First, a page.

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  • Chahat Susawat

Religion during Coronavirus

For the Holy water is not a hand-sanitizer and prayer, not a vaccine. MATTIA FERRARESI

In the American state of Louisiana, a Christian preacher defies authorities worried about the spread of novel coronavirus and insists on holding a service that draws more than 1,000 people. In Malaysia, a gathering of nearly a quarter of a million Muslims in late February has been pinpointed as a “super-spreader” of the virus across the world. A majority of South Korea’s 10,800 cases have been traced to a meeting of the ‘Shincheonji’ Church of Jesus, a Christian denomination. Jewish temples in Israel, identified as one of the hotspots for the spread of coronavirus, finally agreed to shut a few weeks ago.As the spread of novel coronavirus continues to grapple billions of people across the world with governments and scientists struggling to find a response to this grave pandemic, people turn to religion and faith for solace. The dread over the global spread of the virus has drawn faithful to sacred places for their ‘protection’, more than ever.

So, what is it that spans the boundaries of rational thinking and makes thousands of people defy the basic rules meant for their protection in the false ambit of religion’s protectionism?

For believers, Religion is the fundamental source of spiritual healing and hope. It acts as a remedy against despair, providing emotional and psychological support. While all this is true, what we need to understand is that amidst such threatening global pandemic, what is good for the soul may not always be good for the body speaking from a scientifically based medical perspective.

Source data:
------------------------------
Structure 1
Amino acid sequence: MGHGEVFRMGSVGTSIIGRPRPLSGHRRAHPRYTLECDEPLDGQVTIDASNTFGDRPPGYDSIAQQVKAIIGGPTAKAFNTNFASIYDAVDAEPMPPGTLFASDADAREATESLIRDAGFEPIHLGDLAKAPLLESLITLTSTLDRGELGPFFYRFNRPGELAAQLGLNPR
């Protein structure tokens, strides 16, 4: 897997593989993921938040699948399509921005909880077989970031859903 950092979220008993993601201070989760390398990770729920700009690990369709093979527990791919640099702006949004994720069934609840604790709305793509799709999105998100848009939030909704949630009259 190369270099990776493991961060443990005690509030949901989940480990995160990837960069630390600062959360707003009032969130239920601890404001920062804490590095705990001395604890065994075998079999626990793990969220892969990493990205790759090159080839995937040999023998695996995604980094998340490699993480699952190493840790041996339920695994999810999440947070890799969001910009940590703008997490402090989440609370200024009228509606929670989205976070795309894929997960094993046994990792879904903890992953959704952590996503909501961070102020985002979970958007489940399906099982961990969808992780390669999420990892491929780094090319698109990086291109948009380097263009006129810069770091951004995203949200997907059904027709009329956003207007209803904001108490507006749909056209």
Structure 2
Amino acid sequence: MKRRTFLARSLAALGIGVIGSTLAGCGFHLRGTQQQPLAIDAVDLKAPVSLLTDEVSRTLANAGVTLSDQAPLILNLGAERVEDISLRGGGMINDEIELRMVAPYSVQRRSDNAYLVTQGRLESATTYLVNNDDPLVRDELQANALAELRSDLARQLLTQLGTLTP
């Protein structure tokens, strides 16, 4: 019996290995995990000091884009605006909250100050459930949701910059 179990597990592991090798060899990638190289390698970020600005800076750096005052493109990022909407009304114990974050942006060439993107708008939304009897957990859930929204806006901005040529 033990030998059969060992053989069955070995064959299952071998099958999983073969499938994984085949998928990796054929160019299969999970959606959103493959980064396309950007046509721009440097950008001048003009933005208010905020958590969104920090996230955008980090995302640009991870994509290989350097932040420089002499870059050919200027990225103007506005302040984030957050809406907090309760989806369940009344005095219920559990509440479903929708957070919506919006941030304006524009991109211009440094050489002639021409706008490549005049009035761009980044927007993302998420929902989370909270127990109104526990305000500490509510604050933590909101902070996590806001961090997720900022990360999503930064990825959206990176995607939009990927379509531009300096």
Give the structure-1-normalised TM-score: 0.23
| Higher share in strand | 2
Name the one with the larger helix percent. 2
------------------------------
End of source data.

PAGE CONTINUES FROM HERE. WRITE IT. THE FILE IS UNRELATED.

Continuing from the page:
“None of us fear Corona,” said one of the faithful at an outbreak’s center.

Believers worldwide are running afoul of public health authorities’ warnings that communal gatherings or religious interactions, the keystone of many religious practices, must be limited to curb the spread of the virus.

Religious extremists across the world, and in nearly every faith, are contributing to a global pandemic by refusing to abide by scientific advice and hold off on gatherings. Whether in the Iranian shrine city of Qom or the Bible Belt of the United States, the zealots are sometimes even touting their hocus pocus as cures to the pandemic. In some cases, they have led people toward cures that have no grounding in science. In Myanmar, a prominent Buddhist monk announced that a dose of one lime and three palm seeds would increase immunity against the virus. In India, videos emerged of Hindu activists drinking cow urine and bathing in cow dung, to stave off the coronavirus.

Is it right to say that religions across the world are helping the coronavirus disease to span its area of influence? Absolutely not. Blame can be put upon certain hardcore religious preachers who are failing to lay their faith in modern scientific measures but not upon the religions.

Responding to the extremity of the pandemic, many faiths continue to support the guidelines by adopting various measures. Religious authorities across the world have closed the places of worship, limiting public gatherings. Friday Prayer has been canceled across the Middle East. Muezzins in the West Bank and Kuwait entreat the faithful to avoid the mosque and instead pray at home. In an unprecedented step, Saudi Arabia suspended pilgrimages to the holy sites of Islam; Mecca, and Medina. The Church of the Nativity in Bethlehem was closed after a coronavirus case was confirmed in the area. In the United States on Monday, congregants at a Washington, D.C., church were asked to self-quarantine for two weeks after a priest who had recently given them communion tested positive for coronavirus.